The conservative Gotterdammerung is finally here. “Like dazed survivors in a ravaged city, America’s conservatives are wailing and beating their collective breasts,” opines the Economist’s “Lexington” columnist. “A leading conservative thinker,” asked by the Economist to “list today’s conservative ideas, laughs bitterly and replies, ‘Are there any?’”
Former Reaganite Rep. Vin Weber (R-Minn.) laments in the conservative journal Policy Review, “I have never been so concerned about the future of conservative ideas.”
A Washington Post columnist announced that “the long descent of the Republican Party into irrelevance, defeat, and perhaps eventual disappearance” has finally begun. William Kristol of the Weekly Standard, concludes that the “conservative movement, which accomplished great things over the past quarter-century, is finished.” His magazine has dedicated an entire issue to the “conservative crack-up.”
These epitaphs are all from yesteryear. The bits from the Economist and Weber were in 1992. And Kristol delivered his death sentence after various conservatives lost the New Hampshire primary in 2000 (the “crack-up” issue was in 1997). The funereal Washington Post columnist? That was the late Robert Novak in 1976, four years before Ronald Reagan’s 1980 triumph.
And that’s just from the right. Since the conservative movement was born, liberals insisted it was dead. In 1956, Murray Kempton wrote in the Progressive that the “New American Right is most conspicuous these days for its advanced state of wither.” At least Kempton acknowledged it was conservative. That same year, John Fischer of Harper’s insisted the founders of the new National Review were “the very opposite of conservative.”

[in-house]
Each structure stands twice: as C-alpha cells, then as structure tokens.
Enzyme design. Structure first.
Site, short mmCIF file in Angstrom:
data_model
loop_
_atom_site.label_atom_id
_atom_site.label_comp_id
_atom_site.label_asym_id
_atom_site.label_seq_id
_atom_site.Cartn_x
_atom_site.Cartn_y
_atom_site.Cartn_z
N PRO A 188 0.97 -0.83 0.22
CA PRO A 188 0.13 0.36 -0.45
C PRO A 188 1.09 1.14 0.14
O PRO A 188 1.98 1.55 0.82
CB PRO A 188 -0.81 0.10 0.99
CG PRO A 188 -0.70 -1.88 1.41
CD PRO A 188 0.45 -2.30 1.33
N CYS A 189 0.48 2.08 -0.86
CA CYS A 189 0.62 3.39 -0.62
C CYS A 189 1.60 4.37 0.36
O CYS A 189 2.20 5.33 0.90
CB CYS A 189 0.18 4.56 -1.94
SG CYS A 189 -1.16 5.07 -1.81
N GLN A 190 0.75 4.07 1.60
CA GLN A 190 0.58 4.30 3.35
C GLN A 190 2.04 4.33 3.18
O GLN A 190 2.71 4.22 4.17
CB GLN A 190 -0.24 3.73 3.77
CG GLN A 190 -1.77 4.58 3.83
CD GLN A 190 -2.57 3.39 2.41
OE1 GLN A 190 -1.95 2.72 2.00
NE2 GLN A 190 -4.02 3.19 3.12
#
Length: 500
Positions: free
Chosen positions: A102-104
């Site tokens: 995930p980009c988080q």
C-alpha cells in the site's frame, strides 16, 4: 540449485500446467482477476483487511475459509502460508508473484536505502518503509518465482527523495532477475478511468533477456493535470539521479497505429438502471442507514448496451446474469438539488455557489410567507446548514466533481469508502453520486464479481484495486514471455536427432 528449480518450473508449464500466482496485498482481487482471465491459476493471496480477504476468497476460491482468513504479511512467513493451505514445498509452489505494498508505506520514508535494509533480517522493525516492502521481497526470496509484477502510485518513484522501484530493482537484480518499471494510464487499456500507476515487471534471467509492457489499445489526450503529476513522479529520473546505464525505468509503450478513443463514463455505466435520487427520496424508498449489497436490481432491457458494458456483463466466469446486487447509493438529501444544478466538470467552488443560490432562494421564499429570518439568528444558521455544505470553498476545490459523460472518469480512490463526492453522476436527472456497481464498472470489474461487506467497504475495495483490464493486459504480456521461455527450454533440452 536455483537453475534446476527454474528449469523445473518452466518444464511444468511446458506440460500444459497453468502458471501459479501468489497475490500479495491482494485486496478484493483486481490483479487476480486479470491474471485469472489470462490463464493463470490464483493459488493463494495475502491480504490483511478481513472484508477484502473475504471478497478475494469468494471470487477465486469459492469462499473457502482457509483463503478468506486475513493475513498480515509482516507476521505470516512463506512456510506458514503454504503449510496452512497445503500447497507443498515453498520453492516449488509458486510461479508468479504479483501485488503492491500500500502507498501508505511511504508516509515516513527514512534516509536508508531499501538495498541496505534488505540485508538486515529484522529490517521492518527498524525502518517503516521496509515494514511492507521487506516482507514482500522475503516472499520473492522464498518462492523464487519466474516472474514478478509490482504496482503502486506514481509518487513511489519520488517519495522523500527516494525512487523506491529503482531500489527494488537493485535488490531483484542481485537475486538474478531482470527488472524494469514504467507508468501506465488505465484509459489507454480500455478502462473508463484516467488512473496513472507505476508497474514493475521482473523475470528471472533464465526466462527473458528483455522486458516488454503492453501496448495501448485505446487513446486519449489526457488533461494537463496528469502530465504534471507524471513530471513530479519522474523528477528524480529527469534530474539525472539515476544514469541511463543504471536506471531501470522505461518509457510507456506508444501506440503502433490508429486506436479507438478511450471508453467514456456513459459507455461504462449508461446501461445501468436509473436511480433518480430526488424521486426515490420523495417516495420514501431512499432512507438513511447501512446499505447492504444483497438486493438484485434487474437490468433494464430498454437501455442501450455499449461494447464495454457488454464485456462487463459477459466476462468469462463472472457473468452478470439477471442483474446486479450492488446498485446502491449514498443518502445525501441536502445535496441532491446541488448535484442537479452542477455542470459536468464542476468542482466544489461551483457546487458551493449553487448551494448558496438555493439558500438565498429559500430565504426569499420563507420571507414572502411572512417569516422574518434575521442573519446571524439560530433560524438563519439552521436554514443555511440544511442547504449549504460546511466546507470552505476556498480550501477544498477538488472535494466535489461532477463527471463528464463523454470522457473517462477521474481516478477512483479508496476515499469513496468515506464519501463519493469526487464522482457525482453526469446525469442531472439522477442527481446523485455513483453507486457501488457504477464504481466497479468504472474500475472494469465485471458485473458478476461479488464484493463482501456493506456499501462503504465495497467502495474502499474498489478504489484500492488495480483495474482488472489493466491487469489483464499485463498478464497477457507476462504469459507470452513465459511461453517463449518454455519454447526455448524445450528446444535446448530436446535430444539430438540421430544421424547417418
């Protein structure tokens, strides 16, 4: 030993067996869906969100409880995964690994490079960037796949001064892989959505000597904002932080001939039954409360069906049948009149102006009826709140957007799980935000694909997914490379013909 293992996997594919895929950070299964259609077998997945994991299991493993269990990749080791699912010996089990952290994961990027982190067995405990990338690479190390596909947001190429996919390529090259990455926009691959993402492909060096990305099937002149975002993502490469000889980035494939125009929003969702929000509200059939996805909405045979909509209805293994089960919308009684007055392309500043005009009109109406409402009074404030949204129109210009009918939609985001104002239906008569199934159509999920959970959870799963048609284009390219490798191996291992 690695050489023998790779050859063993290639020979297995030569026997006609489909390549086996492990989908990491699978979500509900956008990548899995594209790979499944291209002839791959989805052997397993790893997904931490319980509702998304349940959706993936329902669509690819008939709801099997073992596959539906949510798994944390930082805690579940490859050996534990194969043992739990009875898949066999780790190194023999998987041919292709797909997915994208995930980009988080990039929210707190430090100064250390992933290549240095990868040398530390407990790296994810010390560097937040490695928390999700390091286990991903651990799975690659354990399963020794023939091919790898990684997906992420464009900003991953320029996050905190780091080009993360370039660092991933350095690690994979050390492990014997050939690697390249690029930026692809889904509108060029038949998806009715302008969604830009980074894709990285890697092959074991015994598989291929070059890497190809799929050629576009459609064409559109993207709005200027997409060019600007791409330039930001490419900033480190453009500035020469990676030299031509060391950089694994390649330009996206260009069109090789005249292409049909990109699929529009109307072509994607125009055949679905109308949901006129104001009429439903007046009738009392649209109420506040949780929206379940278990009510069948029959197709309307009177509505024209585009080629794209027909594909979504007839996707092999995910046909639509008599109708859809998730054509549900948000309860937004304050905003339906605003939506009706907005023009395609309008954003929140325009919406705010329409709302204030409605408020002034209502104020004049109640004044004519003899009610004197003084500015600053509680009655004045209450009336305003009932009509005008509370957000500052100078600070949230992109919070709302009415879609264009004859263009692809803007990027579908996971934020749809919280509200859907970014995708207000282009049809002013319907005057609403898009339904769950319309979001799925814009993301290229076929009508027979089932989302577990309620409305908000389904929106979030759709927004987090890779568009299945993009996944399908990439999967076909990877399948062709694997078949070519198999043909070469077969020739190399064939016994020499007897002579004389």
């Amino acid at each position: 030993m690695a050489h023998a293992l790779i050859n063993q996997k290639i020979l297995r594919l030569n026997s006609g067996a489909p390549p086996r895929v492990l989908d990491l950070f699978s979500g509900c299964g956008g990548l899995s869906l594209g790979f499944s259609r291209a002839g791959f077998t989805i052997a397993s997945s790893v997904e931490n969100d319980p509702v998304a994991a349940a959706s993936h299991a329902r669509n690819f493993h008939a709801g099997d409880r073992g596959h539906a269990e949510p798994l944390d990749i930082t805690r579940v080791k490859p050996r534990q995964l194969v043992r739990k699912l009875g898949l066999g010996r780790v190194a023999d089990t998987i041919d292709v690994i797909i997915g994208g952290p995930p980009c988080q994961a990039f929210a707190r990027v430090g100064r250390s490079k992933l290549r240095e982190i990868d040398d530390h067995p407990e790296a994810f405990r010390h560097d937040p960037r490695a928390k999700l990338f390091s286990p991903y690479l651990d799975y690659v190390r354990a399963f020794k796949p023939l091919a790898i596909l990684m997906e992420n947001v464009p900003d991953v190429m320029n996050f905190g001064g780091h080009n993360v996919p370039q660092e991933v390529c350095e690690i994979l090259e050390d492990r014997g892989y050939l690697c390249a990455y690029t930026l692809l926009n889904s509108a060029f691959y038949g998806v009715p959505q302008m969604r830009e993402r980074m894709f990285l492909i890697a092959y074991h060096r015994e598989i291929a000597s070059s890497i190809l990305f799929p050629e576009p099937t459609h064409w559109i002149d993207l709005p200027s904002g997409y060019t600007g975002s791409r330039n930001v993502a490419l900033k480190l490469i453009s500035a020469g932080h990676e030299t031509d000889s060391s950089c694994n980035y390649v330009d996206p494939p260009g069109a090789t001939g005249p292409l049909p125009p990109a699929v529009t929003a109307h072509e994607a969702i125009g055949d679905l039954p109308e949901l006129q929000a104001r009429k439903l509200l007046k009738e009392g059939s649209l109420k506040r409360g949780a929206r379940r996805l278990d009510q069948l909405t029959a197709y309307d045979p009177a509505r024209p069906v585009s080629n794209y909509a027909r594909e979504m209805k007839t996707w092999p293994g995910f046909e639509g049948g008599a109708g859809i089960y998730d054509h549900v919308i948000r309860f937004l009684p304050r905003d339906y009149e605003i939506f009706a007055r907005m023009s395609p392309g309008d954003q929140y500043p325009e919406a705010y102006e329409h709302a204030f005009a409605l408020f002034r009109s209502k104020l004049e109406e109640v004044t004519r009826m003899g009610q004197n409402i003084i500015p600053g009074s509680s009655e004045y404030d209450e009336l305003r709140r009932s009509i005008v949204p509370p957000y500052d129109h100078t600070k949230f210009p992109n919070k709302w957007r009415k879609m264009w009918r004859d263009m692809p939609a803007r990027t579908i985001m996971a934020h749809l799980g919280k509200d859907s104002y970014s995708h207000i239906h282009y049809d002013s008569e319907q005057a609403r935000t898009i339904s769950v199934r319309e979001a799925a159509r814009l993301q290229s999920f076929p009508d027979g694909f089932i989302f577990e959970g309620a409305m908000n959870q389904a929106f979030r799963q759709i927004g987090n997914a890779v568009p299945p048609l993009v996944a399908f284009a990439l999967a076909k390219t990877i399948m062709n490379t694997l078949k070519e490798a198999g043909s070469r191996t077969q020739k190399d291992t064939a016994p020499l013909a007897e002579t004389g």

In short, it’s always Gotterdammerung somewhere on the right.
That’s not to say that the conservative movement and the Republican Party are doing great. They’re not. But whether fueled by left-wing glee or right-wing dread, rumors of the right’s death are always exaggerated.
It’s true that conservatives are more despondent than I’ve seen them in my lifetime. But that’s in part because they’ve had things so good. There have been bumps, but the story of the conservative movement has been one of fairly steady growth and success.
In 1938 the American Enterprise Institute was founded (then the American Enterprise Assn.) to little immediate effect, to combat the seemingly ever-rising tide of statism here at home. In 1955, National Review was launched to “stand athwart history, yelling Stop.” In 1973 the Heritage Foundation was established to push back against the liberal GOP policies of the Nixon White House. In 1982, the Federalist Society was created to provide professional and educational support for conservative lawyers and law students dissenting from the doctrine of the “living constitution.” In 1996 Fox News was launched in part to appeal to that boutique market niche — i.e., roughly half the country — that felt the media had drifted too far left. In 2009 the tea parties were ridiculed as a racist hissy fit.
At each of these junctures, conservatives were ridiculed for their fool’s errands and fretted over their lost causes. When former Soviet spy Whittaker Chambers famously migrated from left to right, he said, “I know that I am leaving the winning side for the losing side, but it is better to die on the losing side than to live under communism.”
But Chambers was wrong. He joined the winning side, the side with the better arguments. The other naysayers were wrong too. Some of the New Deal survived, but many of FDR’s statist ambitions were quashed. National Review didn’t stop history, but it certainly changed it. The Federalist Society now claims Supreme Court justices as alumni. Nixonian liberalism is gone from the GOP. Fox News crushes its competitors. The tea parties fueled one of the biggest midterm landslides in a generation.
These successes were real and important. But they were not total because times change, and more to the point, total victories don’t exist in politics so long as the losing side doesn’t surrender. Just for the record, I see dismay, even despair, out there. But I don’t see much surrender.